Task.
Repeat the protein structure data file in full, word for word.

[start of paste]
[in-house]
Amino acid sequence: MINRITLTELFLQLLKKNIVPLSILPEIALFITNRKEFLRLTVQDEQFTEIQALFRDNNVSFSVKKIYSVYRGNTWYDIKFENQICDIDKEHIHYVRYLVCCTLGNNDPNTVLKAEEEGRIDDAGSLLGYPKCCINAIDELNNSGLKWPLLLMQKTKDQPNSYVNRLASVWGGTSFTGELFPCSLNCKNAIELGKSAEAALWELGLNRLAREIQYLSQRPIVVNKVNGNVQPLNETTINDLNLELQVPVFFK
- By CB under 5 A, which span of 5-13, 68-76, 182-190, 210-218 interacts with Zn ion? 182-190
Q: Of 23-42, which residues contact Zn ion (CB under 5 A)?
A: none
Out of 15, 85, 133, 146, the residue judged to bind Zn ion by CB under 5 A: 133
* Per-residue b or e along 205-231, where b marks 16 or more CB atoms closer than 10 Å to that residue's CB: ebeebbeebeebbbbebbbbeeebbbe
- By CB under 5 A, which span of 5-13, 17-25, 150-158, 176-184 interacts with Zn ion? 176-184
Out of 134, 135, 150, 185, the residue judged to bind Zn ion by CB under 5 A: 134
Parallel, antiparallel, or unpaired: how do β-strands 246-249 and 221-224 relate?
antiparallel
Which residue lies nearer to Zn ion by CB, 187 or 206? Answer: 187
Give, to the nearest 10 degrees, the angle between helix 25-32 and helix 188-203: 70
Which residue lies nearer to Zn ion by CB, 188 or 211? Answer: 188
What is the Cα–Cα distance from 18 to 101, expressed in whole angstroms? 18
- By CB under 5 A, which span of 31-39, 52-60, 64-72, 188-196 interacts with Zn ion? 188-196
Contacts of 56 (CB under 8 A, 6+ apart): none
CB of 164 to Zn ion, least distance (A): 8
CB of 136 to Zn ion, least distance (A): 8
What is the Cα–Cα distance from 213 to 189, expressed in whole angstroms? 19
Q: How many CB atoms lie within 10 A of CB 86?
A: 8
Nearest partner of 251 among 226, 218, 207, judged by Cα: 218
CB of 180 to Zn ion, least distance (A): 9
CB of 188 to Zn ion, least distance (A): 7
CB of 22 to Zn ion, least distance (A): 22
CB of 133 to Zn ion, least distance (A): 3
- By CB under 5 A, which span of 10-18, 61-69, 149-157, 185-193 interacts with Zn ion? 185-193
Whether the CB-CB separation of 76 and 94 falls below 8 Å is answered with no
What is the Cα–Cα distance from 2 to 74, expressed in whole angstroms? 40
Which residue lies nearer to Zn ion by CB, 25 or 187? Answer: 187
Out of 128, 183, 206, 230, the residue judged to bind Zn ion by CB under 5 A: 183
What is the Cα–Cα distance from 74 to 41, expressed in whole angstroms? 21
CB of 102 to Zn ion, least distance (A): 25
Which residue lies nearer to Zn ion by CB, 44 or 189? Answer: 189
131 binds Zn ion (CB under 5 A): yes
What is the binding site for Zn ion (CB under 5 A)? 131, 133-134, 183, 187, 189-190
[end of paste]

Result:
[in-house]
Amino acid sequence: MINRITLTELFLQLLKKNIVPLSILPEIALFITNRKEFLRLTVQDEQFTEIQALFRDNNVSFSVKKIYSVYRGNTWYDIKFENQICDIDKEHIHYVRYLVCCTLGNNDPNTVLKAEEEGRIDDAGSLLGYPKCCINAIDELNNSGLKWPLLLMQKTKDQPNSYVNRLASVWGGTSFTGELFPCSLNCKNAIELGKSAEAALWELGLNRLAREIQYLSQRPIVVNKVNGNVQPLNETTINDLNLELQVPVFFK
- By CB under 5 A, which span of 5-13, 68-76, 182-190, 210-218 interacts with Zn ion? 182-190
Q: Of 23-42, which residues contact Zn ion (CB under 5 A)?
A: none
Out of 15, 85, 133, 146, the residue judged to bind Zn ion by CB under 5 A: 133
* Per-residue b or e along 205-231, where b marks 16 or more CB atoms closer than 10 Å to that residue's CB: ebeebbeebeebbbbebbbbeeebbbe
- By CB under 5 A, which span of 5-13, 17-25, 150-158, 176-184 interacts with Zn ion? 176-184
Out of 134, 135, 150, 185, the residue judged to bind Zn ion by CB under 5 A: 134
Parallel, antiparallel, or unpaired: how do β-strands 246-249 and 221-224 relate?
antiparallel
Which residue lies nearer to Zn ion by CB, 187 or 206? Answer: 187
Give, to the nearest 10 degrees, the angle between helix 25-32 and helix 188-203: 70
Which residue lies nearer to Zn ion by CB, 188 or 211? Answer: 188
What is the Cα–Cα distance from 18 to 101, expressed in whole angstroms? 18
- By CB under 5 A, which span of 31-39, 52-60, 64-72, 188-196 interacts with Zn ion? 188-196
Contacts of 56 (CB under 8 A, 6+ apart): none
CB of 164 to Zn ion, least distance (A): 8
CB of 136 to Zn ion, least distance (A): 8
What is the Cα–Cα distance from 213 to 189, expressed in whole angstroms? 19
Q: How many CB atoms lie within 10 A of CB 86?
A: 8
Nearest partner of 251 among 226, 218, 207, judged by Cα: 218
CB of 180 to Zn ion, least distance (A): 9
CB of 188 to Zn ion, least distance (A): 7
CB of 22 to Zn ion, least distance (A): 22
CB of 133 to Zn ion, least distance (A): 3
- By CB under 5 A, which span of 10-18, 61-69, 149-157, 185-193 interacts with Zn ion? 185-193
Whether the CB-CB separation of 76 and 94 falls below 8 Å is answered with no
What is the Cα–Cα distance from 2 to 74, expressed in whole angstroms? 40
Which residue lies nearer to Zn ion by CB, 25 or 187? Answer: 187
Out of 128, 183, 206, 230, the residue judged to bind Zn ion by CB under 5 A: 183
What is the Cα–Cα distance from 74 to 41, expressed in whole angstroms? 21
CB of 102 to Zn ion, least distance (A): 25
Which residue lies nearer to Zn ion by CB, 44 or 189? Answer: 189
131 binds Zn ion (CB under 5 A): yes
What is the binding site for Zn ion (CB under 5 A)? 131, 133-134, 183, 187, 189-190